The CBS News chief called threats against journalist Gayle King “reprehensible” Saturday as backlash grew against rapper Snoop Dogg and others critical of King for an interview where she asked about a sexual assault charge against the late Kobe Bryant.
Snoop Dogg issued a warning to King online this week following her interview with WNBA player Lisa Leslie about Bryant, the former Los Angeles Lakers star killed in a helicopter crash with his young daughter and seven others on Jan. 26.
“We fully support Gayle King and her integrity as a journalist,” CBS News President Susan Zirinsky told The Associated Press. “We find the threats against her or any journalist doing their job reprehensible.”
CBS would not discuss the nature of any private threats against King. Her friend, Oprah Winfrey, said in an NBC interview that King had received death threats and was traveling with security.
The rapper had joined with others, including LeBron James, 50 Cent and even Bill Cosby, in criticizing King for asking Leslie whether Bryant's legacy had been complicated by the accusation that he raped a woman at a Colorado resort in 2003. Bryant said the two had consensual sex, but he later apologized for his behavior and settled a civil suit against him.
In a profane video posted on Instagram and shared on other social media platforms, Snoop Dogg criticized King for attacking “your people." He told her to “back off ... before we come get you."
King's questions had attracted little notice as part of a wide-ranging interview shown on “CBS This Morning.” But then CBS — mistakenly, it said later — posted a video online that focused strictly on the discussion about the assault case.
U.S. & World
“The interview with Lisa Leslie was comprehensive and thoughtful,” Zirinsky said. “We are a country where differences of opinion are welcome, but hateful and dangerous threats are completely unacceptable.”
King's critics essentially voiced some variation of what Leslie answered — that the media should be more respectful of Bryant so soon after his death and not discuss this stain upon his record — although usually in sharper terms.
Besides her boss, other people have begun coming to King's defense, including Sen. Cory Booker, former U.S. Ambassador Susan Rice and NBC morning show host Willie Geist.
“For those threatening her and inciting violence, stop it immediately,” the New Jersey senator tweeted. “This is unacceptable. We must do better.”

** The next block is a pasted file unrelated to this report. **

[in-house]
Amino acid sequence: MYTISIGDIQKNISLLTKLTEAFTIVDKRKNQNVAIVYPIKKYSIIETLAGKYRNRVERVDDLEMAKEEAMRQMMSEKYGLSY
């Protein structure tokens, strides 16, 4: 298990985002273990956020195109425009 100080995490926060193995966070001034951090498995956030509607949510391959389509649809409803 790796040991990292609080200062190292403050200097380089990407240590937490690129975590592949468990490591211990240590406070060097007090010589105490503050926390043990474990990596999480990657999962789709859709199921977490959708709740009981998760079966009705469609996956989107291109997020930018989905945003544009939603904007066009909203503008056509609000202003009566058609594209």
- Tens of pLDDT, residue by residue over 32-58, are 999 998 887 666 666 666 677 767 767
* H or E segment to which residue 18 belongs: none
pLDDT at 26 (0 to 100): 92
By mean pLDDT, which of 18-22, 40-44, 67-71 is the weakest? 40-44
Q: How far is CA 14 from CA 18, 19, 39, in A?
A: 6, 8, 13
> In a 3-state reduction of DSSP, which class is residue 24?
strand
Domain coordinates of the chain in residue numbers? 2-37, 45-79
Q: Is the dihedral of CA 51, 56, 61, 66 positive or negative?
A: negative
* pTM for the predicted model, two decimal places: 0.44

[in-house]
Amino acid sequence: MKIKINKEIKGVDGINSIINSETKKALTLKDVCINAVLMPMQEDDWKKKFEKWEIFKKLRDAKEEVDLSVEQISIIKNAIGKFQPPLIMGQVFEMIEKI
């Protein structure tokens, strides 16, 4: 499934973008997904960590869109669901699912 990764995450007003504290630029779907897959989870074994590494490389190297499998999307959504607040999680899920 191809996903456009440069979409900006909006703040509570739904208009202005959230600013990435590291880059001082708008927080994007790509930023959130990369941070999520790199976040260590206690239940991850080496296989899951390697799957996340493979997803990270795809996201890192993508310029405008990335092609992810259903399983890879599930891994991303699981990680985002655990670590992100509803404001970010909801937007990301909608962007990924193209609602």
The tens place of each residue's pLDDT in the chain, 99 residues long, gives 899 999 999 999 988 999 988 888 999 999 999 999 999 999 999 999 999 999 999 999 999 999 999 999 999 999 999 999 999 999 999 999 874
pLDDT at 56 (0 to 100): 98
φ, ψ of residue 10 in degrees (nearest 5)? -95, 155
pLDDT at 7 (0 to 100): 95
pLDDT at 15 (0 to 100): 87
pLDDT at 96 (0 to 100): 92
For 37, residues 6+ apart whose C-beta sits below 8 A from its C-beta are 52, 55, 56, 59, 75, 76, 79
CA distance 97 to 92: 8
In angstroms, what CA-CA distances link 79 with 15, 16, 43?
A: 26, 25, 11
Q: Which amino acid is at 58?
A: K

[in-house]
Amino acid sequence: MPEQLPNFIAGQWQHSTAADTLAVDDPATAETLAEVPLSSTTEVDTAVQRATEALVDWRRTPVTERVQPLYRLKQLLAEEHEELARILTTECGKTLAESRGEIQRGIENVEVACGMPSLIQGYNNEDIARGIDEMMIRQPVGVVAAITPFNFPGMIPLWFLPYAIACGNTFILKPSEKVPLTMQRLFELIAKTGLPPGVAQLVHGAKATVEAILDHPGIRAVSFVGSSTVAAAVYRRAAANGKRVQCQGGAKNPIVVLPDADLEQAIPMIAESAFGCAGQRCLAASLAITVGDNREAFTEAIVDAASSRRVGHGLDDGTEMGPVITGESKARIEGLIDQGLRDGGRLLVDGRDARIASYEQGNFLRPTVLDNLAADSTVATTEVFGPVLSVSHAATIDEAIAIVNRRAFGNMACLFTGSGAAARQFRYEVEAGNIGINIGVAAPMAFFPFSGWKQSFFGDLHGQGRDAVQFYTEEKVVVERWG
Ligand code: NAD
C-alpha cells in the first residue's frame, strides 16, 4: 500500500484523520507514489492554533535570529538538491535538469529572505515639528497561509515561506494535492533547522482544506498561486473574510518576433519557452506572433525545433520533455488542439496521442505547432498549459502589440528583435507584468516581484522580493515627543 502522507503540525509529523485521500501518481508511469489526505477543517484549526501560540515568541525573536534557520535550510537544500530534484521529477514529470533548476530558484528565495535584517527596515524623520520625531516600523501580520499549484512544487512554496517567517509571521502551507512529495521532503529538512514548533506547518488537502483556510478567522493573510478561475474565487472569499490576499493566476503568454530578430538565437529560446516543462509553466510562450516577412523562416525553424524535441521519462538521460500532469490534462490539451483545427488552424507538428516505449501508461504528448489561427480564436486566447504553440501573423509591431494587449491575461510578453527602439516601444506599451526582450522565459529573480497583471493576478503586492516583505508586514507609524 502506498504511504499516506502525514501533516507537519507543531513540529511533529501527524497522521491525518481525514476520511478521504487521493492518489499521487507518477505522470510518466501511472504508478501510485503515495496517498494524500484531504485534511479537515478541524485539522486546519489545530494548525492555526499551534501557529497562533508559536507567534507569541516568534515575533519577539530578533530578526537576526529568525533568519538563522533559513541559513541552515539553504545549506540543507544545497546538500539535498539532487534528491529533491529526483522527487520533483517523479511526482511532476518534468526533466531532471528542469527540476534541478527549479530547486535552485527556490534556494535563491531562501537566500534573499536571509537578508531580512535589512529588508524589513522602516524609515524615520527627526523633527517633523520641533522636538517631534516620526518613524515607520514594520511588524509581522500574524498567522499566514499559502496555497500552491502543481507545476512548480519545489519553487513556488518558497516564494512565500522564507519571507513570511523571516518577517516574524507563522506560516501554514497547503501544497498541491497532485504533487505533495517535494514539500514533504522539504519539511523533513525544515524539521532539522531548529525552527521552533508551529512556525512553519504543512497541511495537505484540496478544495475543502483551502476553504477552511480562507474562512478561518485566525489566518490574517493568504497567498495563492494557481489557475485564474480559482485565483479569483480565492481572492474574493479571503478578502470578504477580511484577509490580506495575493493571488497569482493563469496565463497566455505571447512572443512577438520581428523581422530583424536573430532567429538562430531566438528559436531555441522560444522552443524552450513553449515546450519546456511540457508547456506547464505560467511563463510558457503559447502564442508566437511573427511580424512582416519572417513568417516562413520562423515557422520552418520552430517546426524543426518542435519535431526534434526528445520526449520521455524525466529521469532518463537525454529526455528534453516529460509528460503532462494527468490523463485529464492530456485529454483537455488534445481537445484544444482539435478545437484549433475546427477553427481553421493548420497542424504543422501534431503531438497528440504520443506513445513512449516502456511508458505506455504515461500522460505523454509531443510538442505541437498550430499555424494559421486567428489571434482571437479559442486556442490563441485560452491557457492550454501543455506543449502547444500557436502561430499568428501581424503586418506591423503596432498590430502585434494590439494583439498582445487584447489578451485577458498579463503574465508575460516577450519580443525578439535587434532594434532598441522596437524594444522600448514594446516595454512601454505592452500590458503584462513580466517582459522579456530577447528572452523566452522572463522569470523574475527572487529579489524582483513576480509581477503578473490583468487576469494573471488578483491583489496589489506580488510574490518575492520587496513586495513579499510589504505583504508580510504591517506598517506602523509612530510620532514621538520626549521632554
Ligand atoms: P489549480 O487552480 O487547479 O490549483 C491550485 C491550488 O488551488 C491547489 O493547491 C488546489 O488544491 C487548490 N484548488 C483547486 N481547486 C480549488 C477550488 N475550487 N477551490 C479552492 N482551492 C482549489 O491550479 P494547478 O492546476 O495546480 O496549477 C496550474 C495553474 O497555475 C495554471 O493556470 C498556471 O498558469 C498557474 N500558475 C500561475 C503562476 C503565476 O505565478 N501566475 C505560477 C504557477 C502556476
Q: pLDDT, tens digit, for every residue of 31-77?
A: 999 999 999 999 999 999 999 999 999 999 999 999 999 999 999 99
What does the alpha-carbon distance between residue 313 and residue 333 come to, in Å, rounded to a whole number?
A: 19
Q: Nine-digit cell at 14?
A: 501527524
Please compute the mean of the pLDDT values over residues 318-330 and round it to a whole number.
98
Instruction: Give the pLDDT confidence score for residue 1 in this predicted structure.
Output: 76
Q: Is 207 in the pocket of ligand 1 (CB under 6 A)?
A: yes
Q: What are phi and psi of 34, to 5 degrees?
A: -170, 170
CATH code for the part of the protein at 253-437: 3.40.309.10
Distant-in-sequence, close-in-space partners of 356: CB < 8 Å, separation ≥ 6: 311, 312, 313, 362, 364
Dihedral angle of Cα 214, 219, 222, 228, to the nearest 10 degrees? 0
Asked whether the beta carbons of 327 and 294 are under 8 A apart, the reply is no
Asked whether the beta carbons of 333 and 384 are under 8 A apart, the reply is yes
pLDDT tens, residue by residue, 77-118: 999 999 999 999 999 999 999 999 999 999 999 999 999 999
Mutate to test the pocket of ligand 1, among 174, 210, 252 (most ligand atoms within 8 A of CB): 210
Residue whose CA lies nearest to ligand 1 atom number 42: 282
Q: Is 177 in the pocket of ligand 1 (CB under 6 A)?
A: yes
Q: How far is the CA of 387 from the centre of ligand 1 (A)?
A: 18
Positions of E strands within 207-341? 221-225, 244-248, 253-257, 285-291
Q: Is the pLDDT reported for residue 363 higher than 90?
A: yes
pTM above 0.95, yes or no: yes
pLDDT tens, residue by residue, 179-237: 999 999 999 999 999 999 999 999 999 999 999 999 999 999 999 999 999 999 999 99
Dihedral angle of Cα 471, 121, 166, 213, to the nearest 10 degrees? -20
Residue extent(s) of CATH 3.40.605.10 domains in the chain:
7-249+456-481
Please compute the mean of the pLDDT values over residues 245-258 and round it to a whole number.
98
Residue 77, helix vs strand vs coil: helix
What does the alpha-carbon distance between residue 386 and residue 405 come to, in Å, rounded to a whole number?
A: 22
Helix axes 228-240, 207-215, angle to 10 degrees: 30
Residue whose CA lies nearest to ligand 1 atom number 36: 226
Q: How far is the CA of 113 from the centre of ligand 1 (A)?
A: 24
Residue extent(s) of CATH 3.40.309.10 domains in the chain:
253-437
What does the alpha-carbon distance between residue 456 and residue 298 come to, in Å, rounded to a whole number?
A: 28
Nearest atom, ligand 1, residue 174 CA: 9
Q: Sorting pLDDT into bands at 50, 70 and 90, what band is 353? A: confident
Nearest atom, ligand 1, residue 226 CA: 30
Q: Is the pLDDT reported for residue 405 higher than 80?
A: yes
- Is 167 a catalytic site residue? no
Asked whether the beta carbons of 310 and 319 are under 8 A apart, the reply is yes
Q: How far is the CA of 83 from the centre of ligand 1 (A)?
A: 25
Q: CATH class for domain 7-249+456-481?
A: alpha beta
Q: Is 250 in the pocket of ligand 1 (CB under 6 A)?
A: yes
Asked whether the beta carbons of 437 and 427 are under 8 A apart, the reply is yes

Rice, on Twitter, said Snoop Dogg's video was despicable and she told him to back off.
“You come against Gayle King, you come against an army,” Rice wrote. “You will lose, and it won't be pretty.”
On Saturday, Snoop Dogg posted a message on his Instagram that said he meant King no harm.
“I'm a non-violent person. When I said what I said, I spoke for the people who felt that that Gayle was very disrespectful toward Kobe and his family,” he said. “I didn't want no harm to come to her, I didn't threaten her.”
He added: “We speak from the heart. Some of you who have no heart don't understand that.”
Geist, from the “Today” show and MSNBC's “Morning Joe,” tweeted that “the threats against Gayle King for asking a fair question in the course of a long interview are absolutely disgusting. Gayle is one of the most thoughtful people in our business.”
New Yorker writer Jelani Cobb tweeted that there was a way to disagree with King's questions “without lapsing into misogyny, threats and ignorance.”
In an essay posted on the web site The Undefeated, Morehouse College journalism professor David Dennis Jr. wondered why it was two black women — King and Leslie — who were the ones publicly wrestling with this aspect of Bryan't legacy.
“We, myself included, have to take time in our healing to try to understand why we either forgave Bryant or never bothered to hold him accountable,” Dennis wrote. “It's fair to believe that the work Bryant put in for women in sports in the years since the rape allegation have shown true contrition and rehabilitation, but nothing will erase that night ... To demand silence over the case does an injustice to the victims of sexual violence as well as the work Bryant did to try to make it right.”